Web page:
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The globe-trotting life of a real double agent

Mike Baker

Spy consultant

Former occupation: Covert field operations officer for the Central Intelligence Agency, specializing in counterterrorism, counternarcotics and counterinsurgency operations.

Current occupation: “My day job is that I am CEO of an organization called Veritas Global. That’s an information and risk-management company. We provide intelligence and security assistance to multinational financial institutions, large law firms. If a large oil company is having issues in the former Soviet Union -- if they have security concerns -- we will go in and provide assistance in terms of looking at the threats. It all comes down to information. Whoever has the best information will win.”

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Moonlights as: Consultant on the BBC/A&E; spy series “MI-5,” whose third season just wrapped and whose first two seasons are on DVD. Baker also is a spy expert who appears on news programs.

Show business: “I know the guy who created [‘MI-5'] and so years ago I started with him about a concept for a [spy] show. What happened early on was dialogue with the writers and producers about what the world was like in terms of the intelligence agencies and what the intelligence communities are like and what MI-5 actually does -- how they interact with the CIA, how they interact in the U.K. with Scotland Yard and other government agencies. There are conversations with the writers and discussions about what is going to be important -- like North Korea, eco-terrorism -- and what will be the points on which they can build plot lines. Then there are script reviews -- reading script drafts and answering specific questions.

“The ‘MI-5' guys are very good about constantly coming back and saying, ‘We have got an idea, but is it realistic?’ ”

On-camera gig: “The BBC wanted to do a program called ‘Spy School,’ and they asked if I would be one of the hosts. It was a reality show, and terrific fun.

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“They took eight people off the streets of the United Kingdom and built a spy school. These two British officers and I were the presenters and trainers for the school. Each week someone was eliminated. Now they have been talking in the U.S. about transferring it over here. I don’t know where that stands.”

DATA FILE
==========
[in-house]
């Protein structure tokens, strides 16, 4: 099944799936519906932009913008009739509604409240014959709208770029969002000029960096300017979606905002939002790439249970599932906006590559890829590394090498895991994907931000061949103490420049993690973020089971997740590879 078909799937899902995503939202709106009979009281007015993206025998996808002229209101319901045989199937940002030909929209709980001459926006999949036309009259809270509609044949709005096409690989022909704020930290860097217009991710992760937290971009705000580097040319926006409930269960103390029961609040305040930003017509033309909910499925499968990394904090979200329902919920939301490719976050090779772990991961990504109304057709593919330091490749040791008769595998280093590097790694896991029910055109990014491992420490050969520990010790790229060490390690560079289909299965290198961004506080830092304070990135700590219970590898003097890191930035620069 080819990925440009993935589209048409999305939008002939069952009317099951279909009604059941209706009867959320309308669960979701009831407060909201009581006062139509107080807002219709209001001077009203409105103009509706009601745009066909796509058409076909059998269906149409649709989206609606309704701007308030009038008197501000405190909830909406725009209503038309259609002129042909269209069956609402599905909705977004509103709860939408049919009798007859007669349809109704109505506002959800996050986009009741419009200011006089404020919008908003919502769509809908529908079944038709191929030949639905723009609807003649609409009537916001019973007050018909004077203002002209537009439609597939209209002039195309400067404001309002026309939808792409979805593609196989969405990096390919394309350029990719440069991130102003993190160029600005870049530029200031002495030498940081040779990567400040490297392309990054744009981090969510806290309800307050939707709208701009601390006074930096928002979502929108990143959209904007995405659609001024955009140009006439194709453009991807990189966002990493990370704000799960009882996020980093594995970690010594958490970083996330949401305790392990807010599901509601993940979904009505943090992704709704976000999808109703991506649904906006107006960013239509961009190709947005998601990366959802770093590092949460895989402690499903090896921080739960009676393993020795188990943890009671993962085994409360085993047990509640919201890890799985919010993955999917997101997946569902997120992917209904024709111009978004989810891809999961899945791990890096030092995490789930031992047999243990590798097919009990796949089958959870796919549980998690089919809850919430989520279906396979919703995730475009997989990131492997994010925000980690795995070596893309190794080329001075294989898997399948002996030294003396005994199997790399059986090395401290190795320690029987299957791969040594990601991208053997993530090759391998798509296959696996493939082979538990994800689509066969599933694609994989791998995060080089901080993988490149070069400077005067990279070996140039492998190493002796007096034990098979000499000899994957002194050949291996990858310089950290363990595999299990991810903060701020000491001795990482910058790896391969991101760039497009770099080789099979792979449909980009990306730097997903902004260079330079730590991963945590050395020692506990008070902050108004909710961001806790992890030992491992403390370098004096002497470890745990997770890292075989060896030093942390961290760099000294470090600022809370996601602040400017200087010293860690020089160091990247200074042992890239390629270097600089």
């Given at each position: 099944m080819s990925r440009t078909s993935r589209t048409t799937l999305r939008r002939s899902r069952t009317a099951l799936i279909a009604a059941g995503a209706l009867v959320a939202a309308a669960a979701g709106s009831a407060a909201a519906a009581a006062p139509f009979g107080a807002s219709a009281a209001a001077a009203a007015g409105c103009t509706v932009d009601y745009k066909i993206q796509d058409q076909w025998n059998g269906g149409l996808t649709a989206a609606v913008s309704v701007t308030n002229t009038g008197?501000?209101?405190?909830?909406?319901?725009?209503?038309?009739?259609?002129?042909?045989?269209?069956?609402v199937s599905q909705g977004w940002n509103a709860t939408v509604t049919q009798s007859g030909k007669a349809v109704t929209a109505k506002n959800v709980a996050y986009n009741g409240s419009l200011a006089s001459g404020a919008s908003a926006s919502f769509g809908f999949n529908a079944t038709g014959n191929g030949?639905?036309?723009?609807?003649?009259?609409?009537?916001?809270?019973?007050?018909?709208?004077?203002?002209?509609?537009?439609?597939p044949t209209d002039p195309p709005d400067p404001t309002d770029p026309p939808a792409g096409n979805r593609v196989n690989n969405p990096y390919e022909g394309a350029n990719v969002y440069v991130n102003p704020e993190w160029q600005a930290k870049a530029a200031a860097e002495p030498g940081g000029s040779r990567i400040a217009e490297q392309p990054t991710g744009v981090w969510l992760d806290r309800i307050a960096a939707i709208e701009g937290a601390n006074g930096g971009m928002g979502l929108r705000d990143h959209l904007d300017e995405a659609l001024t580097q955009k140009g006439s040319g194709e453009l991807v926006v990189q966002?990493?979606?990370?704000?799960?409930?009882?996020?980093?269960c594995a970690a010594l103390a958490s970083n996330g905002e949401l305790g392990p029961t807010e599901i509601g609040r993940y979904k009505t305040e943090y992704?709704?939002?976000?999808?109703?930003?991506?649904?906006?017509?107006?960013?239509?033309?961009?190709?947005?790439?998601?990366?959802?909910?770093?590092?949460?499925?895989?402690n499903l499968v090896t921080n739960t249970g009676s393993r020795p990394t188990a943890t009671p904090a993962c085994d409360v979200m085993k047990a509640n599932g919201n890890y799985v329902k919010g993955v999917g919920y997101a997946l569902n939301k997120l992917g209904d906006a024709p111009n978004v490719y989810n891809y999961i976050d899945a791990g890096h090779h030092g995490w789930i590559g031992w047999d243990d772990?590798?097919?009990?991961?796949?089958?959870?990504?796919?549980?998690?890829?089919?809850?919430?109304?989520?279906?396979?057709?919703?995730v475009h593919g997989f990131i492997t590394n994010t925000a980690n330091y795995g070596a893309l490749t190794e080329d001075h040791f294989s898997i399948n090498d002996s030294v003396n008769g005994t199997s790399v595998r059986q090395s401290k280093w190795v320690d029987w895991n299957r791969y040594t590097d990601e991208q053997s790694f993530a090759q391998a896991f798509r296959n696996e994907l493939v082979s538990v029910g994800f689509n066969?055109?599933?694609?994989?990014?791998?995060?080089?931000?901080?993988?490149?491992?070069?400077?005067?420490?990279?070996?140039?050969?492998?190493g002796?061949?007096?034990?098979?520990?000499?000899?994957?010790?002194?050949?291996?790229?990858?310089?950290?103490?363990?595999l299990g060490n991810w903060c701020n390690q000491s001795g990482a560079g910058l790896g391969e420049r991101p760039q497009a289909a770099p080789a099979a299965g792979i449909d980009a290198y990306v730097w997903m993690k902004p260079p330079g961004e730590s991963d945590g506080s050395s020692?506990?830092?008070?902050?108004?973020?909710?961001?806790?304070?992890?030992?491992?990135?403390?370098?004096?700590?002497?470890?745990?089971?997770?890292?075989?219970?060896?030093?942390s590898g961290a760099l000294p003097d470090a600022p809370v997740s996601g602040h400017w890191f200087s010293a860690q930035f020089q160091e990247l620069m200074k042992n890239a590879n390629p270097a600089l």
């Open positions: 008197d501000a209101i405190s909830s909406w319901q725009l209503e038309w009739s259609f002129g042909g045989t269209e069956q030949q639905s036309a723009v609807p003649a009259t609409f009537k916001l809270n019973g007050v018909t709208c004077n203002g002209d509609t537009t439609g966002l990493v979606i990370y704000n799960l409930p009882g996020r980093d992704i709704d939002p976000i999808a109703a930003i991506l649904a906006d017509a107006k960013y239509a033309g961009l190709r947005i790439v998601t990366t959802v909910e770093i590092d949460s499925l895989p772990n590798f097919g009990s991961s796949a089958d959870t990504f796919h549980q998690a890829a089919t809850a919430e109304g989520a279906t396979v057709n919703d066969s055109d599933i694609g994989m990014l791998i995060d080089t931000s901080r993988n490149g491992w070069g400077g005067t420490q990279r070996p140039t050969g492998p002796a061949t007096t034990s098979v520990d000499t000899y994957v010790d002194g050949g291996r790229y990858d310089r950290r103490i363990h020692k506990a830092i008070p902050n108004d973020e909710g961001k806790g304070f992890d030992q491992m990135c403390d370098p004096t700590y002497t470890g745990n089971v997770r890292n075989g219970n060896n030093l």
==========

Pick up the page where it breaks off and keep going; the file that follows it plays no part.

TV news: “I mostly talk about intelligence issues, counterterrorism, the situation in Iraq, paramilitary operations. That [job] has developed over the course of three years or so. I have a very good relationship with my former employer [the CIA].... I am not going to get on [TV] and say something out of turn. We have an obligation when you leave to keep your yap shut about the important, sensitive issues of intelligence.”

I spy: “I didn’t plan on [a career in espionage]. It never occurred to me. Some people who were in the business essentially approached me. I was out of university at the time and I was beginning what I thought was going to be a career in journalism. I had some acquaintances who essentially called up and said, ‘Are you happy with what you are doing?’ I was intrigued, and one thing led to another and I was inside working [at the CIA].

“I did go all around the world. That is part of the excitement to do that sort of thing. I spent most of my time, 15-plus years, overseas. It was a good time to be with the agency, the early ‘80s to the late ‘90s. There were a lot of things going on.”

Master of disguise: “I spent all my time in operations, operating an alias and operating as someone else. That is an important part. It is not everything, but it’s an aspect. I love the role-playing because it gives you a lot of latitude to use creativity. Plus, it’s a rush.”

The private sector: “A friend of mine is a British fellow I have known for some time and he was with the British version of the SEALs and then moved into MI-5. We both had the same interests. We wanted to get out at a certain point and see if could go be successful in private business. Part of it was the profit motive. We wanted to make more money. We left the services at the same time. We joined a large European start-up that was involved in information services.

“Then I left to start my own company with this British colleague. We built that up over several years, and then I took over Veritas Global.”

Resides: Washington, D.C.

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Age: 44. “I don’t look a day over 43. I have that going for me.”

Scripts completed: “I have one. I guess everybody does have one in their desk drawer. I have held on to it. I don’t know why. I would rather keep it in my desk and think it is good, than marked up with red ink!”


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